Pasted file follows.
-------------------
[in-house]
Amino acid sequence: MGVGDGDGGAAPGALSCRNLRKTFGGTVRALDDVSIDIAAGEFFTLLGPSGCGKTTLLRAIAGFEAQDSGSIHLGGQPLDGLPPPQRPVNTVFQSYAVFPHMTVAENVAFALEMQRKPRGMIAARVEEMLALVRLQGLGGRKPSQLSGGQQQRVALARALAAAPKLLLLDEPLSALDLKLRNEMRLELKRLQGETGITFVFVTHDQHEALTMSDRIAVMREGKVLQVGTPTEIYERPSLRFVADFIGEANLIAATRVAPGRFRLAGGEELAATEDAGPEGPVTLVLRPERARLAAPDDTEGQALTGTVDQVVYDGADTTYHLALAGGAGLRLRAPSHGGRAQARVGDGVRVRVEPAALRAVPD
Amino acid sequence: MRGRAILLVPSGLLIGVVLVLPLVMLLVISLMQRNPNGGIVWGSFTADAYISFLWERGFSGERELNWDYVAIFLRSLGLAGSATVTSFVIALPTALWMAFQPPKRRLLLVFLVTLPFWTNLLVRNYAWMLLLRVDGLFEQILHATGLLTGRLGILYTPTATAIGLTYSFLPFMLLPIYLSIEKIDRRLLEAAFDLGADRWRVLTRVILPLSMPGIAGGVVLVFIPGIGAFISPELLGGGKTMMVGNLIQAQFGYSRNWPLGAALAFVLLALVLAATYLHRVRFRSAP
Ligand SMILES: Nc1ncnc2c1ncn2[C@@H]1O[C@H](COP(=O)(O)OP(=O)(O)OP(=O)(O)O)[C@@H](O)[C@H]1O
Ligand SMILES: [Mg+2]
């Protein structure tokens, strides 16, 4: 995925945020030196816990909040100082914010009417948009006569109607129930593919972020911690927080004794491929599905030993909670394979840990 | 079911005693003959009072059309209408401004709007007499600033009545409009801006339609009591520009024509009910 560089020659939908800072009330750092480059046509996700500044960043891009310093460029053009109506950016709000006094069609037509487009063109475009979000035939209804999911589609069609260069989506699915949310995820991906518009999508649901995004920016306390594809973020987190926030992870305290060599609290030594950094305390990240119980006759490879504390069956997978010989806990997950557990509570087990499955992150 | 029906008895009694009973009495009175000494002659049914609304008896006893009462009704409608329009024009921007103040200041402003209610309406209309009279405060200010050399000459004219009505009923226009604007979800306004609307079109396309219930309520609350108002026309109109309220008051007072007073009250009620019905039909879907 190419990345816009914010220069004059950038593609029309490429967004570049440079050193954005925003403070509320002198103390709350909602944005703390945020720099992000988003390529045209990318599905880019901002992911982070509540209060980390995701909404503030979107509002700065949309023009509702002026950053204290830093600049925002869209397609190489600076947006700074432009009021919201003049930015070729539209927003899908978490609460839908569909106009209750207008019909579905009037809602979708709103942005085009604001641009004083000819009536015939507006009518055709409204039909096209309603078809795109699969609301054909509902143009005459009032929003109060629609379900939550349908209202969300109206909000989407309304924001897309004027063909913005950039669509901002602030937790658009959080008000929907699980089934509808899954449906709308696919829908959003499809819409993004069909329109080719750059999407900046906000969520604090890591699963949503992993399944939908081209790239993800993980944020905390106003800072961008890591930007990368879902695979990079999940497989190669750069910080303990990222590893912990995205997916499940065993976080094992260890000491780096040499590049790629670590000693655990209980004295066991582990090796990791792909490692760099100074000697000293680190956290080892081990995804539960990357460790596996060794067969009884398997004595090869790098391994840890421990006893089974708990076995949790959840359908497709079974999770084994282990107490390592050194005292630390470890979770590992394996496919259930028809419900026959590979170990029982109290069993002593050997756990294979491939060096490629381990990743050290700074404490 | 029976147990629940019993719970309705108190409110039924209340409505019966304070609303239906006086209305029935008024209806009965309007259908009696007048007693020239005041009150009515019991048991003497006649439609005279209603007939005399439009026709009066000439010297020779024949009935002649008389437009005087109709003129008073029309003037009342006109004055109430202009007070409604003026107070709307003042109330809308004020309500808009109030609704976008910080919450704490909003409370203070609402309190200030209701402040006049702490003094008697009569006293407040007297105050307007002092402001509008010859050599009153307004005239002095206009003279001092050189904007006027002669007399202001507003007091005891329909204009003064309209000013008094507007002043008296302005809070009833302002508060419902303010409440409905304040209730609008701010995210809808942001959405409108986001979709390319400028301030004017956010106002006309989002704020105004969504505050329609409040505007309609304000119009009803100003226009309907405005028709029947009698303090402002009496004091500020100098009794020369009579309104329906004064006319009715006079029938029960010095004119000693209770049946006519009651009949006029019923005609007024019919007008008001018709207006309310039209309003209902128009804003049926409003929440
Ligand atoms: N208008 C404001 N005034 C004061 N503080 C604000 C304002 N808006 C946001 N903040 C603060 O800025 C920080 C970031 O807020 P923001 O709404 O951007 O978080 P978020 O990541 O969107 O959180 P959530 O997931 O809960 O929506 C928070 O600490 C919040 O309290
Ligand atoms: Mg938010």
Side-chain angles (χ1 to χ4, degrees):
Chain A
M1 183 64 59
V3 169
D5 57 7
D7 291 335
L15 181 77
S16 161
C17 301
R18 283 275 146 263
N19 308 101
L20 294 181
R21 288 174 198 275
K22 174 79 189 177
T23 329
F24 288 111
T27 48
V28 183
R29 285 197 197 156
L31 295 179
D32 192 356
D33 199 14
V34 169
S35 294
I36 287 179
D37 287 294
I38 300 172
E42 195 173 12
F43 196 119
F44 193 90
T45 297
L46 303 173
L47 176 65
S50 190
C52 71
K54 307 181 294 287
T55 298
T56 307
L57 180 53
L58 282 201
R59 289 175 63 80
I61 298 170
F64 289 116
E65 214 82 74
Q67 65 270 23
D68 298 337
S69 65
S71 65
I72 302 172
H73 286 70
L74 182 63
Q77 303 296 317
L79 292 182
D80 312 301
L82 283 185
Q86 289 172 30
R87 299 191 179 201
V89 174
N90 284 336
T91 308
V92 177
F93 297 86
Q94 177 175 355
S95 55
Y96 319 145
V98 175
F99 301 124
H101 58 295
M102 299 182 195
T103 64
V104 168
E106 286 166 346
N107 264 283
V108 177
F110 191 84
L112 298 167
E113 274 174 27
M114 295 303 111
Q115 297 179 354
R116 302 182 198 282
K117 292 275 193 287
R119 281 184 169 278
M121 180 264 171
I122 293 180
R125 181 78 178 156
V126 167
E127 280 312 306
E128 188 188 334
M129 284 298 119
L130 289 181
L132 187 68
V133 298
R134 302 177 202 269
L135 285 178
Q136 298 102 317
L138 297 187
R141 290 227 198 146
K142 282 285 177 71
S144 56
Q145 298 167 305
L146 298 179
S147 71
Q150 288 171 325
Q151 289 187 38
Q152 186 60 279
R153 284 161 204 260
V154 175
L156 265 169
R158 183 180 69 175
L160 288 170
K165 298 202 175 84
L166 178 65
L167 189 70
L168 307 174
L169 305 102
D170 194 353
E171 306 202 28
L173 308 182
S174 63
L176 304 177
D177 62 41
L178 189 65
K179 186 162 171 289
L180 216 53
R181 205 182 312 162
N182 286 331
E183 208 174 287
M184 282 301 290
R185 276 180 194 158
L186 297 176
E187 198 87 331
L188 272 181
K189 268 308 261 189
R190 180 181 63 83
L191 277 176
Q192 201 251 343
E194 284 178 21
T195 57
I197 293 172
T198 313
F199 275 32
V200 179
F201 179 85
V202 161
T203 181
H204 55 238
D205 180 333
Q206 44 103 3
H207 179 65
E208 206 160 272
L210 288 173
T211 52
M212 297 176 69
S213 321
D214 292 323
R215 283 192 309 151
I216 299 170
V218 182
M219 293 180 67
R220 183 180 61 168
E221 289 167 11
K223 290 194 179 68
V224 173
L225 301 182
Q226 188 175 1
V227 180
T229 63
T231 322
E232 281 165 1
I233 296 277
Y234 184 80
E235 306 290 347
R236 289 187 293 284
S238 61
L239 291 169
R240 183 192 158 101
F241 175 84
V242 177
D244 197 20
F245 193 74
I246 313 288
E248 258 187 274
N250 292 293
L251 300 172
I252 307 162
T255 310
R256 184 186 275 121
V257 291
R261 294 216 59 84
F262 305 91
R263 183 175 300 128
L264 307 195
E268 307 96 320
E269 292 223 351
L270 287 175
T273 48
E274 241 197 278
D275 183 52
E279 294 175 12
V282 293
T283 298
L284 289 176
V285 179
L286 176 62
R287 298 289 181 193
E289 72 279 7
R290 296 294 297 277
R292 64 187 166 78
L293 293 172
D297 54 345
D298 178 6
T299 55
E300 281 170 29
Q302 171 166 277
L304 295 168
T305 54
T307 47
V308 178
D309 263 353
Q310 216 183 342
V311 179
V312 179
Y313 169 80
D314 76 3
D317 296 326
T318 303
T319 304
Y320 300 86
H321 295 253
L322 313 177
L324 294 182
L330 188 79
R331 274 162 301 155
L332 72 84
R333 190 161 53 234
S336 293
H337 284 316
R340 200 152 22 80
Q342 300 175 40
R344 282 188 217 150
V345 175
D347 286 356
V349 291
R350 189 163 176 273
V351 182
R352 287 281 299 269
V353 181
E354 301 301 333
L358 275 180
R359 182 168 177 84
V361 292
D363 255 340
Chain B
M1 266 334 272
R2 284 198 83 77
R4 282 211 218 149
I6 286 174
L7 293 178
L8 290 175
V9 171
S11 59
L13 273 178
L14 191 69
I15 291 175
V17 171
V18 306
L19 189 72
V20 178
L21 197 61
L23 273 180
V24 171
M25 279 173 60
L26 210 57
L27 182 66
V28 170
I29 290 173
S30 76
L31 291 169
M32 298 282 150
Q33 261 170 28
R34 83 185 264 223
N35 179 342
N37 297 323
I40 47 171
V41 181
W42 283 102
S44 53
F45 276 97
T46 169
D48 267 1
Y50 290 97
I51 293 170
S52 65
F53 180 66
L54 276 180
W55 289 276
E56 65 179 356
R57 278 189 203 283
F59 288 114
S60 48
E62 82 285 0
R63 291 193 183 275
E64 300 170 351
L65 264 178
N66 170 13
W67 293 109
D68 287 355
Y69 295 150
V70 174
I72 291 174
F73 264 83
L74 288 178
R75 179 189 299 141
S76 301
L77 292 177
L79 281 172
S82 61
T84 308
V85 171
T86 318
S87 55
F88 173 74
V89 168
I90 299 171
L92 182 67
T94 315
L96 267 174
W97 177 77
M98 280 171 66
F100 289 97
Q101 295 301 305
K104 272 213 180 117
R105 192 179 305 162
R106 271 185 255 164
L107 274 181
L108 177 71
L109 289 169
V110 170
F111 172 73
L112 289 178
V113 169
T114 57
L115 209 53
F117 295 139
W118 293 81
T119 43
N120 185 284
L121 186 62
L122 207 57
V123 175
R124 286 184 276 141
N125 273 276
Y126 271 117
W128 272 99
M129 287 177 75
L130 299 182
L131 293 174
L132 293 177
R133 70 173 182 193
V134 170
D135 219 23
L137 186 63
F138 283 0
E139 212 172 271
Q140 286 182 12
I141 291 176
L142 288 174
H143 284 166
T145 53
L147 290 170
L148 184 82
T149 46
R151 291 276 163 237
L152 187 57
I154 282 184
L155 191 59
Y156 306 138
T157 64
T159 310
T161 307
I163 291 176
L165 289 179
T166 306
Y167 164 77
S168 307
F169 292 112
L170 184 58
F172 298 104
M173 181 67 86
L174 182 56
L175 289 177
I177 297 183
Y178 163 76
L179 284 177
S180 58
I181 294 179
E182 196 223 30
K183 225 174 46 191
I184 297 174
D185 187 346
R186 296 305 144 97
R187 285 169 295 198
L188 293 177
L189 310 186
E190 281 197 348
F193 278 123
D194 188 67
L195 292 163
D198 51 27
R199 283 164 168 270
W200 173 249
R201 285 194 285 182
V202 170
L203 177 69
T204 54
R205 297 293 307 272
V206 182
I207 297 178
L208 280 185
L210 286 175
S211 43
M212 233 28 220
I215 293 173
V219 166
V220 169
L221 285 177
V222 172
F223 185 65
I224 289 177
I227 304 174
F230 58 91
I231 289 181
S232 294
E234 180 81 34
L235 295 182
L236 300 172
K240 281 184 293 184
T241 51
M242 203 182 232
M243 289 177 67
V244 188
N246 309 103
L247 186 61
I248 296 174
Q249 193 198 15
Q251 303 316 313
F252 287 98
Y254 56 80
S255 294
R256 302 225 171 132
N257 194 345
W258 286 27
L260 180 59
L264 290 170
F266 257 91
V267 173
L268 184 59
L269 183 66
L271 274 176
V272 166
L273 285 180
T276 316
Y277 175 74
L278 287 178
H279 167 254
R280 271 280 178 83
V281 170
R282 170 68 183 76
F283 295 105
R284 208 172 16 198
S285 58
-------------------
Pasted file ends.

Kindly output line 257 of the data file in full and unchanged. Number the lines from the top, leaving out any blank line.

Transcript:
L358 275 180